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1 October 2007 Density, Habitat Selection and Breeding Success of an Insular Population of Barbary Falcon Falco Peregrinus Pelegrinoides
Beneharo Rodríguez, Manuel Siverio, Airam Rodríguez, Felipe Siverio
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We studied density, habitat selection and reproduction of Barbary Falcons Falco peregrinus pelegrinoides on Tenerife Island during 2004 and 2005. A total of 26 breeding pairs were counted, all of them occupying natural cliffs around the island. Density observed was 1.27 pairs/100 km2, and was positively correlated with cliff availability. Mean distance between neighbouring pairs was 5869 ± 3338 m, ranging from 1388–13 610 m; in some areas this value was as low as 2062 ± 673 m. Tenerife still shows potential for further increase regarding the observations of single females and the availability of potentially suitable but unoccupied cliffs. Falcons selected taller cliffs, more apart from roads and houses, near the coast, with lower presence of cultivated and urban areas, and associated with other cliff-nesting species. Stepwise discriminant analysis of habitat selection selected cliff height, nearest neighbour distance and distance to road, and correctly classified 71.1% of the cases. Productivity averaged 1.55 fledged young/pair and breeding success was 81.1%. No correlations were observed between habitat features and productivity. Since most territories are located in protected zones and human disturbance seems to be absent, special management measures are not necessary. However, further study into the biology of this population is required for effective and timely conservation of this species if need be.


The breeding range of Barbary Falcon Falco peregrinus pelegrinoides generally comprises arid environments from the Canary Islands and western Morocco eastwards across scattered areas of North Africa, the Middle East and some parts of central Asia (Ferguson-Lees & Christie 2001). This raptor is either considered a subspecies of the cosmopolitan Peregrine Falcon F. peregrinus (Brosset 1986, Del Hoyo et al. 1994, Wink & Seibold 1996) or an independent species (Cramp & Simmons 1980, Clark & Shirihai 1995). It shows characteristic plumage patterns and morphometric differences with respect to Peregrine subspecies, but genetic variation is quite low in the peregrinus/pelegrinoides group (Wink et al. 2000). Although the Canarian breeding falcons mainly show the Barbary phenotype, haplotypes of both F. peregrinus brookei and F. p. pelegrinoides are present according to a preliminary study carried out in Fuerteventura (Amengual et al. 1996).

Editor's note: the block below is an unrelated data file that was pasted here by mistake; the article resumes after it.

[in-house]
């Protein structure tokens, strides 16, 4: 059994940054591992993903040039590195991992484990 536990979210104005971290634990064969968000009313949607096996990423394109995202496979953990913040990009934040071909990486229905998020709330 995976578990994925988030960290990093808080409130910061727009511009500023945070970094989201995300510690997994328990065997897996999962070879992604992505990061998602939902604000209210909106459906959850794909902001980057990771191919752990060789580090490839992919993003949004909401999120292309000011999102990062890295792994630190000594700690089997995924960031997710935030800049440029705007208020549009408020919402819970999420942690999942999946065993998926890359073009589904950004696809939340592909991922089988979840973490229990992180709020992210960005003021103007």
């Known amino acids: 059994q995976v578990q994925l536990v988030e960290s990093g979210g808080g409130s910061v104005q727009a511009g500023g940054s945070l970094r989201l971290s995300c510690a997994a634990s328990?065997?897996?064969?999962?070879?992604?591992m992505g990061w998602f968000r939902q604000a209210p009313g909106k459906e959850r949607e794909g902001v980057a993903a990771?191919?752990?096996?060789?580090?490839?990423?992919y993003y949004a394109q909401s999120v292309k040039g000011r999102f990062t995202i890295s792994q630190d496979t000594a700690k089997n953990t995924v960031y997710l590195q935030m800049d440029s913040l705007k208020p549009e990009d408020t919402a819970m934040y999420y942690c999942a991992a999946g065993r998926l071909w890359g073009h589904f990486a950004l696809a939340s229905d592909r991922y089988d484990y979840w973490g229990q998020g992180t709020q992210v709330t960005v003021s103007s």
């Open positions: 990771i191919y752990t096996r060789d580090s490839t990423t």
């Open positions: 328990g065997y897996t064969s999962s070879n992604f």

According to the last available estimate, around 75 pairs breed in the Canary Islands, where all islands are occupied (Siverio & Conception 2003). Until the end of the 1980s, its presence and reproduction were only confirmed for some localities on the eastern Canary Islands (Hernández et al. 1991). Since then, its known breeding distribution has expanded to the rest of the islands (Delgado et al. 1999, Martín & Lorenzo 2001) and some aspects of its breeding biology have been studied (Delgado et al. 1999). In Tenerife its presence was mentioned in the past by Meade-Waldo (1893) and Thanner (1909), but the first breeding record was obtained as late as June 1991 (Hernández et al. 1992).